• The --mount flag does not support z or Z options for modifying selinux labels.

The examples below show both the --mount and -v syntax where possible, and --mount is presented first.

Differences between -v and --mount behavior

Because the -v and --volume flags have been a part of Docker for a long time, their behavior cannot be changed. This means that there is one behavior that is different between -v and --mount.

If you use -v or --volume to bind-mount a file or directory that does not yet exist on the Docker host, -v will create the endpoint for you. It is always created as a directory.

If you use --mount to bind-mount a file or directory that does not yet exist on the Docker host, Docker does not automatically create it for you, but generates an error.

Start a container with a bind mount

Consider a case where you have a directory source and that when you build the source code, the artifacts are saved into another directory source/target/. You want the artifacts to be available to the container at /app/, and you want the container to get access to a new build each time you build the source on your development host. Use the following command to bind-mount the target/ directory into your container at /app/. Run the command from within the source directory. The $(pwd) sub-command expands to the current working directory on Linux or macOS hosts.

The --mount and -v examples below produce the same result. You can’t run them both unless you remove the devtest container after running the first one.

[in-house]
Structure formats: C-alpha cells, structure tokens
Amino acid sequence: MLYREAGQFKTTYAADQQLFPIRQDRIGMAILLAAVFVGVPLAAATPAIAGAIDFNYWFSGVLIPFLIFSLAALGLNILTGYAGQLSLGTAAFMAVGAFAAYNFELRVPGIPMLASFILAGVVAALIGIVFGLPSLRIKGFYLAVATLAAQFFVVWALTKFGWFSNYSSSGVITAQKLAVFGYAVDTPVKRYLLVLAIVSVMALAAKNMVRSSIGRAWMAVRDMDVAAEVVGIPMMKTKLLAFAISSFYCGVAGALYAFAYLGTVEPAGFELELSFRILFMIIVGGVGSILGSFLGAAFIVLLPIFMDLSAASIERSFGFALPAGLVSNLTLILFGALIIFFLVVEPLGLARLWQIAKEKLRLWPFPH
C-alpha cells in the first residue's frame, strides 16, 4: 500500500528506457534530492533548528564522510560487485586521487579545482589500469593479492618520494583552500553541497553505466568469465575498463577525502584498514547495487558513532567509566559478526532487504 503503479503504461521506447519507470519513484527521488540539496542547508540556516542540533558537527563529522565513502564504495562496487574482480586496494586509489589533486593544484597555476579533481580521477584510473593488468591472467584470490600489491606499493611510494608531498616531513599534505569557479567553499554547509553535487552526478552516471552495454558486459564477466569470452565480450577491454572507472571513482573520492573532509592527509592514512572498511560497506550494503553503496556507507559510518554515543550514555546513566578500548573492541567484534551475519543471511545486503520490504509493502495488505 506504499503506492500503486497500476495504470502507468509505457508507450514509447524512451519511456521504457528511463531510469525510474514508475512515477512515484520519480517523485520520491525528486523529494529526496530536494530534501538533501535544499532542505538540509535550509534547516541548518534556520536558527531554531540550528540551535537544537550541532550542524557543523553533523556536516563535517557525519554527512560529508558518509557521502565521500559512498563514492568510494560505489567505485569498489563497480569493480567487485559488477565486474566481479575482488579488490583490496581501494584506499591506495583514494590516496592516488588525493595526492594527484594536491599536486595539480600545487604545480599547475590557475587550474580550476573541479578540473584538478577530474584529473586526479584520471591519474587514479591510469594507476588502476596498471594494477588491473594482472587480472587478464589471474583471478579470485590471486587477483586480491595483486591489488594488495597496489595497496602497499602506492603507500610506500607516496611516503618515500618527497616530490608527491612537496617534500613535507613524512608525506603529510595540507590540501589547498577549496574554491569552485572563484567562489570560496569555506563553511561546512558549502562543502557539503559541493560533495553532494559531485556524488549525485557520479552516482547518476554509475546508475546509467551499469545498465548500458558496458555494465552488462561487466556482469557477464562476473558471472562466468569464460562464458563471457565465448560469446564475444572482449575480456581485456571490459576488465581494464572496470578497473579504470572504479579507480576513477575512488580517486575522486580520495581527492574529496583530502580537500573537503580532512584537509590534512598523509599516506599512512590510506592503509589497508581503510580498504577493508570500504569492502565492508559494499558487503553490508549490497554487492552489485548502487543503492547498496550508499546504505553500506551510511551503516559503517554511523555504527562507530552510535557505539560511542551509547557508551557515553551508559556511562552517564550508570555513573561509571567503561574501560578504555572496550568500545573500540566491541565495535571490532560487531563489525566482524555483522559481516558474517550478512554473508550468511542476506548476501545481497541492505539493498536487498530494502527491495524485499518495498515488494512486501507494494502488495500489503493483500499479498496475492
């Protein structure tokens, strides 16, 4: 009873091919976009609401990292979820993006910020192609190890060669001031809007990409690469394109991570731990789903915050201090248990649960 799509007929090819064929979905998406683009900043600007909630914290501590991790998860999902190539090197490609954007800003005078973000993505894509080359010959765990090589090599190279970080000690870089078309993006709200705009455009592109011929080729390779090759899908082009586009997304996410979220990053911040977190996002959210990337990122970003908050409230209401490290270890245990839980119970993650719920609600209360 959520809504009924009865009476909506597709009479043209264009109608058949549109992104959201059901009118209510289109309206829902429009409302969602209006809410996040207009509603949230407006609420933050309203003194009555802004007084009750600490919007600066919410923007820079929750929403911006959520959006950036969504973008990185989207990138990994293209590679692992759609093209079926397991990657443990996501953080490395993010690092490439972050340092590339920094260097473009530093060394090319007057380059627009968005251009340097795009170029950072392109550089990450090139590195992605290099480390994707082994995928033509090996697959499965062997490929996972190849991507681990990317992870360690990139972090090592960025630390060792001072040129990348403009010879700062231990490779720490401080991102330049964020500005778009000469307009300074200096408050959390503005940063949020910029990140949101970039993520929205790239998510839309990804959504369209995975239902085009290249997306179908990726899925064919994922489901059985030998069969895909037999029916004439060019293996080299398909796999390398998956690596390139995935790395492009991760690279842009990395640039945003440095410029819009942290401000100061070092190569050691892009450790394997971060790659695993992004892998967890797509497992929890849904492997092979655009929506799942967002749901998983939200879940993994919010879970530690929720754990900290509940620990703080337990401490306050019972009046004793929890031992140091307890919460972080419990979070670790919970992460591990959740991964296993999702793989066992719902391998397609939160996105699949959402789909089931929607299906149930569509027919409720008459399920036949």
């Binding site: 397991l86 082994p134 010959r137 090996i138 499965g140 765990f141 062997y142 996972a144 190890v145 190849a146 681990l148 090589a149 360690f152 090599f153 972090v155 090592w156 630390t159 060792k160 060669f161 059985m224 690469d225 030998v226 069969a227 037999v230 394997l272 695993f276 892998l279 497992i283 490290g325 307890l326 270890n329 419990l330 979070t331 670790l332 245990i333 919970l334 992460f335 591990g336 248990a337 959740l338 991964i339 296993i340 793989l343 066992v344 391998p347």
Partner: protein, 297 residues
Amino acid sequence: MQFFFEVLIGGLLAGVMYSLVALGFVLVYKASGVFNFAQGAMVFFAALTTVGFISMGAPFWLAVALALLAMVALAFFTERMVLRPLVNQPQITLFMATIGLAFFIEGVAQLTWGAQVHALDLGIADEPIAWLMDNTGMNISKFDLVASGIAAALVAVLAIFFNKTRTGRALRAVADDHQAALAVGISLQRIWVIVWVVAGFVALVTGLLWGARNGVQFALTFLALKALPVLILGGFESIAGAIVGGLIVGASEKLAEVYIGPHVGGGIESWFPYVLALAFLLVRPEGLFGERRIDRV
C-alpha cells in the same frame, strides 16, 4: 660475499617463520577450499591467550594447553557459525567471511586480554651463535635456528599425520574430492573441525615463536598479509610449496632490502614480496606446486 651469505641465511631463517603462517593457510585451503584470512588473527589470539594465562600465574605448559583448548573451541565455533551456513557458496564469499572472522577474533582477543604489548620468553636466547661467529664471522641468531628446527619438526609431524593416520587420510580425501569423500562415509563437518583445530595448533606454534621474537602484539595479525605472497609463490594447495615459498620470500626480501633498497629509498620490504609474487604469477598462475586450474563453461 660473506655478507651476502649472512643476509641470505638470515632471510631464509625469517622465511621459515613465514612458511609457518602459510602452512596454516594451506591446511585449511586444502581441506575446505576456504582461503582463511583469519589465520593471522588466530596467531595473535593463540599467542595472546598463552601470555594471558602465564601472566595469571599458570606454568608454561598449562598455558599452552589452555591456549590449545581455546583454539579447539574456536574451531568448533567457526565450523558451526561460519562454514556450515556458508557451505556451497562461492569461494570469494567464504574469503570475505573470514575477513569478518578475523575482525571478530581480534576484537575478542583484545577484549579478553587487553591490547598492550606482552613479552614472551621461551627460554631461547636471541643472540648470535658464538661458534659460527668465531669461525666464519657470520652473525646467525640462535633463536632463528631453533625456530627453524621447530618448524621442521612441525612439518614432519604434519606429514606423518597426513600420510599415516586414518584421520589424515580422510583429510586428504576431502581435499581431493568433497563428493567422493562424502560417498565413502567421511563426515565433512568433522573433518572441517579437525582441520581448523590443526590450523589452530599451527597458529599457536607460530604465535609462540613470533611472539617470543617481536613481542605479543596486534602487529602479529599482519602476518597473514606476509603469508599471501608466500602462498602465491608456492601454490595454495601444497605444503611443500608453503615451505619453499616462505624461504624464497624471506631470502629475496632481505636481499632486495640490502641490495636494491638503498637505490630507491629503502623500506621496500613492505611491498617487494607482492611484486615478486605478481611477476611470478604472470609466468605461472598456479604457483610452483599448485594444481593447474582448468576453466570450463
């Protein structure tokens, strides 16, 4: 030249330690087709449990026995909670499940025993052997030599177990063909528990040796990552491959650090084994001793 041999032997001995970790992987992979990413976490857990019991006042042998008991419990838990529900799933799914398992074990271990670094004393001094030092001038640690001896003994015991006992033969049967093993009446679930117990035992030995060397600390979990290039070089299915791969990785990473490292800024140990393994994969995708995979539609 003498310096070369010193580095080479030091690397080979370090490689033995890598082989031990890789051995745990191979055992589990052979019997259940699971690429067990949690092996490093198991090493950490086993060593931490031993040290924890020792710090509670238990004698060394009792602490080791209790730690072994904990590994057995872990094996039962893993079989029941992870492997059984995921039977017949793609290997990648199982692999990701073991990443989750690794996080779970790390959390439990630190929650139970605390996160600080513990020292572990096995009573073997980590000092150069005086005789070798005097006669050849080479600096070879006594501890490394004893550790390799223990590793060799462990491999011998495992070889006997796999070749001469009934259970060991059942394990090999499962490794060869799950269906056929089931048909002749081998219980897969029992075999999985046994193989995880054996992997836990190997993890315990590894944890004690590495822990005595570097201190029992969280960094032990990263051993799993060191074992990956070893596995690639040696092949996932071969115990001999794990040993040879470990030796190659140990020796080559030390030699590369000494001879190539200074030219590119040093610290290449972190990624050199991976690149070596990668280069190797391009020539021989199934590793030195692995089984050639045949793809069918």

$ docker run -d \
  -it \
  --name devtest \
  --mount type=bind,source="$(pwd)"/target,target=/app \
  nginx:latest
$ docker run -d \
  -it \
  --name devtest \
  -v "$(pwd)"/target:/app \
  nginx:latest

Use docker inspect devtest to verify that the bind mount was created correctly. Look for the Mounts section:

"Mounts": [
    {
        "Type": "bind",
        "Source": "/tmp/source/target",
        "Destination": "/app",
        "Mode": "",
        "RW": true,
        "Propagation": "rprivate"
    }
],

This shows that the mount is a bind mount, it shows the correct source and destination, it shows that the mount is read-write, and that the propagation is set to rprivate.

Stop the container:

$ docker container stop devtest

$ docker container rm devtest

Mounting into a non-empty directory on the container

If you bind-mount into a non-empty directory on the container, the directory’s existing contents will be obscured by the bind mount. This can be beneficial, such as when you want to test a new version of your application without building a new image. However, it can also be surprising and this behavior differs from that of docker volumes.

This example is contrived to be extreme, but will replace the contents of the container’s /usr/ directory with the /tmp/ directory on the host machine. In most cases, this would result in a non-functioning container.

The --mount and -v examples have the same end result.

$ docker run -d \
  -it \
  --name broken-container \
  --mount type=bind,source=/tmp,target=/usr \
  nginx:latest

docker: Error response from daemon: oci runtime error: container_linux.go:262:
starting container process caused "exec: \"nginx\": executable file not found in $PATH".
$ docker run -d \
  -it \
  --name broken-container \